Following the formal launch of a project aimed at popularizing the Firearms and Ammunition Control Act, the staff at the Liberian National Commission on Small Arms (LINCSA) has taken the project nationwide with several teams dispatched to the counties.

Two weeks ago six teams from LINCSA visited Bomi, Cape Mount and Gbarpolu counties to meet with a cross section of citizens and educate them about the new law. The teams visited six cities: Sinje and
Robertsport in Cape Mount County; Klay and Tubmanburg in Bomi County; and Gbarma and Bopolu in Gbarpolu County.

Last week, LINCSA dispatched delegations to Bong, Lofa, Nimba and Grand Gedeh counties, who held meetings with county officials, leaders of women and youth groups, traditional leaders, farmers and civil society organizations.

During separate meetings, LINCSA officials explained the new gun law and emphasized that citizens are only permitted to carry single-barrel guns. Speaking further, LINCSA Communications and Outreach Officer
Jerry Mwagbe explained that private security officers are not allowed to carry guns but that authorized state security officers could.

The LINCSA presentations were followed by interactive discussions that revealed the people’s interest in the gun law.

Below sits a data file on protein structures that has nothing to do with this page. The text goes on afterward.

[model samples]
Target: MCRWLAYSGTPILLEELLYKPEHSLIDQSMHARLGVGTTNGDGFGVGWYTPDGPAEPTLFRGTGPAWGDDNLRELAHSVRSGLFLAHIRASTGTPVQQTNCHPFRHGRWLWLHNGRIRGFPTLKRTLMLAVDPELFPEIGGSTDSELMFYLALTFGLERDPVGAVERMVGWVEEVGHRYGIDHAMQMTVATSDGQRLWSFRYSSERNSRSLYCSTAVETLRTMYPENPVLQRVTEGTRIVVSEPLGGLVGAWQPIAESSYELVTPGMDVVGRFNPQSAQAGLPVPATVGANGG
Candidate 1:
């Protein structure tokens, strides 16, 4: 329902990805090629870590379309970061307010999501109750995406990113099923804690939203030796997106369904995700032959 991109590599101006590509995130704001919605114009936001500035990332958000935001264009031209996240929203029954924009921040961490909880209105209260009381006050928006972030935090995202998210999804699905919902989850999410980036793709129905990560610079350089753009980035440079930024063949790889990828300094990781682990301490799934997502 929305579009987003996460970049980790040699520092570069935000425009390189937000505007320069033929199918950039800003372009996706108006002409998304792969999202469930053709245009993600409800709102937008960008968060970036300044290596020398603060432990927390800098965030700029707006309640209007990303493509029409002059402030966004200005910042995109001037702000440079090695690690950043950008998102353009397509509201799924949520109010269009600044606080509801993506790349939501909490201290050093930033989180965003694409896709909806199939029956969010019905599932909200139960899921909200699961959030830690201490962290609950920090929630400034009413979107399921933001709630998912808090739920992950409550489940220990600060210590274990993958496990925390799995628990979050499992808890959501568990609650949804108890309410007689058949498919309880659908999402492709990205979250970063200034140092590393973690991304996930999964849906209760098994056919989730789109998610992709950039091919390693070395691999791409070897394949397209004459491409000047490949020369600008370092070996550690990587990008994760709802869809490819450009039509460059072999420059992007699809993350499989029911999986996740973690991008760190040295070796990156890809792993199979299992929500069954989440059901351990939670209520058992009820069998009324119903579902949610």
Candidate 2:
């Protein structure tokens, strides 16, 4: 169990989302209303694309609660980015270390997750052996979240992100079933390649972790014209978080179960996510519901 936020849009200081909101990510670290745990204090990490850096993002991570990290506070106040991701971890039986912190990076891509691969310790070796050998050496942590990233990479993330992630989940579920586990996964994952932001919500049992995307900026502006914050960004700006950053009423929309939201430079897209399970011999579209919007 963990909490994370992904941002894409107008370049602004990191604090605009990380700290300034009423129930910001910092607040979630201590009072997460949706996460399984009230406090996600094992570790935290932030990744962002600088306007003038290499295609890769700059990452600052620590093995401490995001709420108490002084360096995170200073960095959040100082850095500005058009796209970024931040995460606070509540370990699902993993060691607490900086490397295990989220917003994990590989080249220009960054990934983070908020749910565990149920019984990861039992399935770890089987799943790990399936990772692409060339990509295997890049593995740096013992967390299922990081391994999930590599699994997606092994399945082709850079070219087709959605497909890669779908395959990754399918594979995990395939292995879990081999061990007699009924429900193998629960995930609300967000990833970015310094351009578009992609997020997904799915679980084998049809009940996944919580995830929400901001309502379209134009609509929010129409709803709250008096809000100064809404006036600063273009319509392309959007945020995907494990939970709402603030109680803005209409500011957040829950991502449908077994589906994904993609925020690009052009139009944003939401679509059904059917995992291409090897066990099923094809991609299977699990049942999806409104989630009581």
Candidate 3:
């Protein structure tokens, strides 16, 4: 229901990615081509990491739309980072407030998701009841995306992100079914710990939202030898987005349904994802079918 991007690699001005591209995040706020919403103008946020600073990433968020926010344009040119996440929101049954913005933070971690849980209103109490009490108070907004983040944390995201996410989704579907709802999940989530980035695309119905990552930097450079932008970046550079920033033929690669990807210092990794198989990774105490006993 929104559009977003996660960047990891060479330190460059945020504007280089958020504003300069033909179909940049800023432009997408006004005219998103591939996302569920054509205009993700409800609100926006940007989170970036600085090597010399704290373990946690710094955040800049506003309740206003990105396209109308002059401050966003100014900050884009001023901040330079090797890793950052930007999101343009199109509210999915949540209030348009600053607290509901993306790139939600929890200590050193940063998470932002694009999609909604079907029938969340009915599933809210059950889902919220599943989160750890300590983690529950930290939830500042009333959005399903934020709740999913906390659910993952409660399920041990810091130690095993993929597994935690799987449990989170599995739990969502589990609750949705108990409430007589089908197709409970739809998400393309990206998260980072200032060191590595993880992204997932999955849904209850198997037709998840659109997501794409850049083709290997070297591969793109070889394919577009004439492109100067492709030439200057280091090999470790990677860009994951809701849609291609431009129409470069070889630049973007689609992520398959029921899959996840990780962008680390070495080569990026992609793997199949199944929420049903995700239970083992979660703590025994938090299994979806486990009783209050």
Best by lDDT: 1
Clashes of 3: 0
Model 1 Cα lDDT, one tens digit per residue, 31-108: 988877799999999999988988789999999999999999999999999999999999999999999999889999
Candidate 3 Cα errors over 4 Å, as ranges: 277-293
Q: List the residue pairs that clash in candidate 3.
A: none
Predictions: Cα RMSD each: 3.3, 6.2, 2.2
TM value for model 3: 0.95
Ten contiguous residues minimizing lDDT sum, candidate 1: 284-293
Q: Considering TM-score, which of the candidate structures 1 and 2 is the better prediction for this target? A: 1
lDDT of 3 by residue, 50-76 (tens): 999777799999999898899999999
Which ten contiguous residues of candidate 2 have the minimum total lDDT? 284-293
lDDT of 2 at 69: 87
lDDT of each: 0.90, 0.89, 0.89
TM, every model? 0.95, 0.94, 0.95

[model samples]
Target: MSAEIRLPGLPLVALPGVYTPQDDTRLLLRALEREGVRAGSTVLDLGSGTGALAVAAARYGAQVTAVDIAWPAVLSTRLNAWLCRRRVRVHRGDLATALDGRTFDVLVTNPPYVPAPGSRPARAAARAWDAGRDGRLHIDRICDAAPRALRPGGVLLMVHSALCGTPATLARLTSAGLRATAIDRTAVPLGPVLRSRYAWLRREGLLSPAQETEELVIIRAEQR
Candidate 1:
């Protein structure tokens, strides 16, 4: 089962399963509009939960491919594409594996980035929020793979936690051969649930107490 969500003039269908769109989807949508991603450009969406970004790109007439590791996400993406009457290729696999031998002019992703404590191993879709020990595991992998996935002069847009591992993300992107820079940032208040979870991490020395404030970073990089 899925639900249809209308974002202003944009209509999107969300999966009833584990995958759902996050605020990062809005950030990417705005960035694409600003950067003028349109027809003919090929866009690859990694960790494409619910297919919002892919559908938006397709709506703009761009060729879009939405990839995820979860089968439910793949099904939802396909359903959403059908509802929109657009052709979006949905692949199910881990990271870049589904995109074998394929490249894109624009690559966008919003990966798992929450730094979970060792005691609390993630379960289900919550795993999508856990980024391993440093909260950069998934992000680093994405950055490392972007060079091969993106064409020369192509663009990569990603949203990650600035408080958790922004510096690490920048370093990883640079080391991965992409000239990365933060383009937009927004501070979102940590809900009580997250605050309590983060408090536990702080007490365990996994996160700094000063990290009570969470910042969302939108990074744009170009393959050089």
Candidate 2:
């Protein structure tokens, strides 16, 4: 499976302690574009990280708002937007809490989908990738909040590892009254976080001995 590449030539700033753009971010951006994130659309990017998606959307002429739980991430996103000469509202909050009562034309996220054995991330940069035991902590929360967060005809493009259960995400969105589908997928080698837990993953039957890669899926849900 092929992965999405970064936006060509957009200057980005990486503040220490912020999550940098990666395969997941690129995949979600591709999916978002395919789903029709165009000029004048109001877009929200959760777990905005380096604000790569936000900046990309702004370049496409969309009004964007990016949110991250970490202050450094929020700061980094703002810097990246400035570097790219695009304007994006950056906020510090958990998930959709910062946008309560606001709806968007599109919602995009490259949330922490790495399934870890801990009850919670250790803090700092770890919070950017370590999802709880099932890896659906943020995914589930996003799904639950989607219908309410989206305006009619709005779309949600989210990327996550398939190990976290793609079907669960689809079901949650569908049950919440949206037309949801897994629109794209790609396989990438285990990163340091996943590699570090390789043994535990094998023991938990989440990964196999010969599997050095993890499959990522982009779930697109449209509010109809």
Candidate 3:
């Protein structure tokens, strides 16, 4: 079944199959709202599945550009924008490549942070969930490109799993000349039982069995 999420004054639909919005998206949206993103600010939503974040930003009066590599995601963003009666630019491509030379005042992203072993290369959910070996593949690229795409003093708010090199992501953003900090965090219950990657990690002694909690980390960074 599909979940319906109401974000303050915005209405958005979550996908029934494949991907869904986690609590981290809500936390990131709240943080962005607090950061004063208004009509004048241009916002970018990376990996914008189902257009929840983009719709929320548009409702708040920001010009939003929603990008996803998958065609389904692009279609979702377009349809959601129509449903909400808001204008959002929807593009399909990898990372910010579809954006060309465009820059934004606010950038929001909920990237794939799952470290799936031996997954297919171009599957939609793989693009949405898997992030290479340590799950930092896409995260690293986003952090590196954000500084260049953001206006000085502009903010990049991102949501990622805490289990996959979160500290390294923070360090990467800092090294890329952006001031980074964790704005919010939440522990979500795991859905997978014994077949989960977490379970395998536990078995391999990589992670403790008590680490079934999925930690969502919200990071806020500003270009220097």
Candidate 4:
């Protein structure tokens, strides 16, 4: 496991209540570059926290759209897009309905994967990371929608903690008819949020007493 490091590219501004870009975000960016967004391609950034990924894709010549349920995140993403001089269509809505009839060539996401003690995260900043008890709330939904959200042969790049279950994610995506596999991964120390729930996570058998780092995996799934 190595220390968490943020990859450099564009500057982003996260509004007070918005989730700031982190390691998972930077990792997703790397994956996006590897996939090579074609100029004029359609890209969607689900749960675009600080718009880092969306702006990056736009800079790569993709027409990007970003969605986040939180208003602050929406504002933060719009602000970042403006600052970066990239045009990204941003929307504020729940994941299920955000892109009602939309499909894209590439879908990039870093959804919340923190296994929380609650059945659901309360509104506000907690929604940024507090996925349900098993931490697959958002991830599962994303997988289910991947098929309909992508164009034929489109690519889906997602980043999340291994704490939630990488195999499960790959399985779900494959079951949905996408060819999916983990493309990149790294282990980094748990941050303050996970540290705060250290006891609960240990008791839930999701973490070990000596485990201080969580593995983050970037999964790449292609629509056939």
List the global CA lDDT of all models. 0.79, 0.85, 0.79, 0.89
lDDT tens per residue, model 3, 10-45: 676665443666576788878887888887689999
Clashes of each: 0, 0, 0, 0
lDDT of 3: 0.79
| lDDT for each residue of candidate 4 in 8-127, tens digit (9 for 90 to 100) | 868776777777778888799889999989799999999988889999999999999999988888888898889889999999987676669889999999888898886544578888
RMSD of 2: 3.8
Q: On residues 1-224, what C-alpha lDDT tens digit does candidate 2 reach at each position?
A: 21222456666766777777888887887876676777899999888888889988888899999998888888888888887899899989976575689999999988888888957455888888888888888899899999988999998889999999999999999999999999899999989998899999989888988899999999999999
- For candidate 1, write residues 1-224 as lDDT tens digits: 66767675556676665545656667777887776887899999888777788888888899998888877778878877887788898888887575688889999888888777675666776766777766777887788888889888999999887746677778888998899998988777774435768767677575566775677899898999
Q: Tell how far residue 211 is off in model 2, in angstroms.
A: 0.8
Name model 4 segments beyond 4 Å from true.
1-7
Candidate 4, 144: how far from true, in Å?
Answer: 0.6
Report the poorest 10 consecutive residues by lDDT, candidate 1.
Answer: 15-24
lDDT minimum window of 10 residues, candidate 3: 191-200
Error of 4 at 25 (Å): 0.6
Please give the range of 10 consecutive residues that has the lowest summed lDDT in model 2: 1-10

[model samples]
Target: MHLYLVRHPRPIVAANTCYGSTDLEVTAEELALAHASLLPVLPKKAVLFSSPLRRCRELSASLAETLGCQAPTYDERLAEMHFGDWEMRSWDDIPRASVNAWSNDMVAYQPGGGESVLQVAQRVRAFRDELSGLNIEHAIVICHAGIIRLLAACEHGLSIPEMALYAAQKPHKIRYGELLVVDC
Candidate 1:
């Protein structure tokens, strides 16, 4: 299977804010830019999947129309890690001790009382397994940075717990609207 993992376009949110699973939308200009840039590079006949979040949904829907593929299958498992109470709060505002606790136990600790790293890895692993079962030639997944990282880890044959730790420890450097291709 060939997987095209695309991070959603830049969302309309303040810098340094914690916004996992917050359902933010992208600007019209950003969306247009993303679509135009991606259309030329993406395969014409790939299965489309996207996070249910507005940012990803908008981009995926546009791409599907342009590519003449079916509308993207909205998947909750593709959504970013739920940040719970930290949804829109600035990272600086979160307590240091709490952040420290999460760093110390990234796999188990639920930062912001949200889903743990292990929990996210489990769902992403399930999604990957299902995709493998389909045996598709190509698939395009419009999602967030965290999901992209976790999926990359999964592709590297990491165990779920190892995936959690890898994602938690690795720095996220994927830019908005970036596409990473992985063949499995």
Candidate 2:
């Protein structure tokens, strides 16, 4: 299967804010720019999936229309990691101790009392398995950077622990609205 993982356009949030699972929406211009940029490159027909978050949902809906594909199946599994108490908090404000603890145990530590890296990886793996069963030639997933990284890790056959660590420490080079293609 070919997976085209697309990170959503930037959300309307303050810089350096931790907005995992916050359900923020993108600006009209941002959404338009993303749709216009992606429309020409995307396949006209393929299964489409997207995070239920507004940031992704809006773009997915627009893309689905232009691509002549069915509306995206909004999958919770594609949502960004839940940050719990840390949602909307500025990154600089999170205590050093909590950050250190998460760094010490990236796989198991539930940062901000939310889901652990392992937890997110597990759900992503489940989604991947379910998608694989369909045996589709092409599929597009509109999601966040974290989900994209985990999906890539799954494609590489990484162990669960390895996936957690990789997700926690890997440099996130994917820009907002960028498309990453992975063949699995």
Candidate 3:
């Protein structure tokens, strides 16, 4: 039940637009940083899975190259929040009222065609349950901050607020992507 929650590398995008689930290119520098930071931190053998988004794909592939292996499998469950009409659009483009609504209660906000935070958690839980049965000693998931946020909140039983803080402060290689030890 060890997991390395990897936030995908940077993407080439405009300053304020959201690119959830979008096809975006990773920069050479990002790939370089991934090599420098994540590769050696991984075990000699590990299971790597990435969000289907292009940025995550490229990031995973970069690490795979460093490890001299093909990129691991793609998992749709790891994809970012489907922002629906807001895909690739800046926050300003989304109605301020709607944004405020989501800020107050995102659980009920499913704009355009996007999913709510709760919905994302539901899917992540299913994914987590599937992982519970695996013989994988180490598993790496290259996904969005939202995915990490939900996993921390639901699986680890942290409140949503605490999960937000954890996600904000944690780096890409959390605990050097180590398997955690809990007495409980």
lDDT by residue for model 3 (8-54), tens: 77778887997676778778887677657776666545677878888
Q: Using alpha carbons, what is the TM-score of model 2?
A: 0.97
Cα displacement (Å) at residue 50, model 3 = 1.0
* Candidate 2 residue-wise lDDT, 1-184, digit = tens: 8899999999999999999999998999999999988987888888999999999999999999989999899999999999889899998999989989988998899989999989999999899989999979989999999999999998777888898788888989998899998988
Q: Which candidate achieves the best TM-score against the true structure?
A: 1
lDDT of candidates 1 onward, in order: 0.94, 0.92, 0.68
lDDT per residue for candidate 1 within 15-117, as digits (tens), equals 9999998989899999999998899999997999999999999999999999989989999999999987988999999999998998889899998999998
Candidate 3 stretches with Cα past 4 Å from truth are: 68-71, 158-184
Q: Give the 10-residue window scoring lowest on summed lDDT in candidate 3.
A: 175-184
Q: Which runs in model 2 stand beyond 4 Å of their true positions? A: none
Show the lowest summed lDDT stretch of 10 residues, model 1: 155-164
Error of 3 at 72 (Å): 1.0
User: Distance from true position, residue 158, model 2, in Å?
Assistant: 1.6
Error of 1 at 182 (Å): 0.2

Meanwhile, the LINCSA teams returned to Monrovia over the weekend are expected to begin publishing a series of articles in local dailies to further popularize the gun law.

It may be recalled that on July 11, 2016, President Ellen-Johnson Sirleaf signed into law the 2015 Firearms and Ammunition Control Act. Although it was passed seven months ago, many Liberians are unaware of the passage of the law. For those who know about the law, their knowledge is limited and sometimes skewed because of a lack of understanding.

In its efforts to implement this law, the Liberia National Commission on Small Arms recognizes the need to fill this information gap by undertaking initiatives aimed at popularizing it. The national consultations are just one of the ways the Commission is going about popularizing the law.


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